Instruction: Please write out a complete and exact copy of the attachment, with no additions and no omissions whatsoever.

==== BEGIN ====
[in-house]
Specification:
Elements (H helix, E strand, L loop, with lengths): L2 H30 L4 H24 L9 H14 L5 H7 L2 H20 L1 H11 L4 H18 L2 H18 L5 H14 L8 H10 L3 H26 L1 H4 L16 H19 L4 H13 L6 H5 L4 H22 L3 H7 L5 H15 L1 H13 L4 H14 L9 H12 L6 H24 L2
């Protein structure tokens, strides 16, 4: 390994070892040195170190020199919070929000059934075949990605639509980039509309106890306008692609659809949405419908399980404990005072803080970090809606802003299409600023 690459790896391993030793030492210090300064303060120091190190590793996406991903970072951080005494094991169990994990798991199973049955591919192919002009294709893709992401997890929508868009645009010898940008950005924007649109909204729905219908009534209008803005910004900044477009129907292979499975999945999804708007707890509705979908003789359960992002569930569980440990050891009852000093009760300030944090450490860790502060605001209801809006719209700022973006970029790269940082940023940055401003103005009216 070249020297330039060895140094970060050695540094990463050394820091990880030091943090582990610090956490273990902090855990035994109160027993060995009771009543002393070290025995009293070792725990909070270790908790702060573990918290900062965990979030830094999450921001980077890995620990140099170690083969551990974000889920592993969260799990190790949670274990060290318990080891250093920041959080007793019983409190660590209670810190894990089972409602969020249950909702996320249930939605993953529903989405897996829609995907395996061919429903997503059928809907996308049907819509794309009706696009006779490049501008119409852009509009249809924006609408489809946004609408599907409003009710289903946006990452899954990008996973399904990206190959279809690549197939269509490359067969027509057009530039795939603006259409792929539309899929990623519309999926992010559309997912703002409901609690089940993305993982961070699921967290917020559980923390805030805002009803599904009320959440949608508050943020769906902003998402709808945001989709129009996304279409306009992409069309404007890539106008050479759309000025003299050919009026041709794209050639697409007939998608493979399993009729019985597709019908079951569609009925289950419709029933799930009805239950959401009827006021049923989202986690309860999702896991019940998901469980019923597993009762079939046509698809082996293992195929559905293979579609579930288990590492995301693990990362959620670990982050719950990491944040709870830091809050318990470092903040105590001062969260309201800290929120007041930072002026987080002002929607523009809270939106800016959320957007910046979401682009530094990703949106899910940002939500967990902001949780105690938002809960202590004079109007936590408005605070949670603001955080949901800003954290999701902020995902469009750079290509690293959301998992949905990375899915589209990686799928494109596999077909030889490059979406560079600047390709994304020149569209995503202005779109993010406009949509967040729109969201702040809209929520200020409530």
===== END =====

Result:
[in-house]
Specification:
Elements (H helix, E strand, L loop, with lengths): L2 H30 L4 H24 L9 H14 L5 H7 L2 H20 L1 H11 L4 H18 L2 H18 L5 H14 L8 H10 L3 H26 L1 H4 L16 H19 L4 H13 L6 H5 L4 H22 L3 H7 L5 H15 L1 H13 L4 H14 L9 H12 L6 H24 L2
């Protein structure tokens, strides 16, 4: 390994070892040195170190020199919070929000059934075949990605639509980039509309106890306008692609659809949405419908399980404990005072803080970090809606802003299409600023 690459790896391993030793030492210090300064303060120091190190590793996406991903970072951080005494094991169990994990798991199973049955591919192919002009294709893709992401997890929508868009645009010898940008950005924007649109909204729905219908009534209008803005910004900044477009129907292979499975999945999804708007707890509705979908003789359960992002569930569980440990050891009852000093009760300030944090450490860790502060605001209801809006719209700022973006970029790269940082940023940055401003103005009216 070249020297330039060895140094970060050695540094990463050394820091990880030091943090582990610090956490273990902090855990035994109160027993060995009771009543002393070290025995009293070792725990909070270790908790702060573990918290900062965990979030830094999450921001980077890995620990140099170690083969551990974000889920592993969260799990190790949670274990060290318990080891250093920041959080007793019983409190660590209670810190894990089972409602969020249950909702996320249930939605993953529903989405897996829609995907395996061919429903997503059928809907996308049907819509794309009706696009006779490049501008119409852009509009249809924006609408489809946004609408599907409003009710289903946006990452899954990008996973399904990206190959279809690549197939269509490359067969027509057009530039795939603006259409792929539309899929990623519309999926992010559309997912703002409901609690089940993305993982961070699921967290917020559980923390805030805002009803599904009320959440949608508050943020769906902003998402709808945001989709129009996304279409306009992409069309404007890539106008050479759309000025003299050919009026041709794209050639697409007939998608493979399993009729019985597709019908079951569609009925289950419709029933799930009805239950959401009827006021049923989202986690309860999702896991019940998901469980019923597993009762079939046509698809082996293992195929559905293979579609579930288990590492995301693990990362959620670990982050719950990491944040709870830091809050318990470092903040105590001062969260309201800290929120007041930072002026987080002002929607523009809270939106800016959320957007910046979401682009530094990703949106899910940002939500967990902001949780105690938002809960202590004079109007936590408005605070949670603001955080949901800003954290999701902020995902469009750079290509690293959301998992949905990375899915589209990686799928494109596999077909030889490059979406560079600047390709994304020149569209995503202005779109993010406009949509967040729109969201702040809209929520200020409530």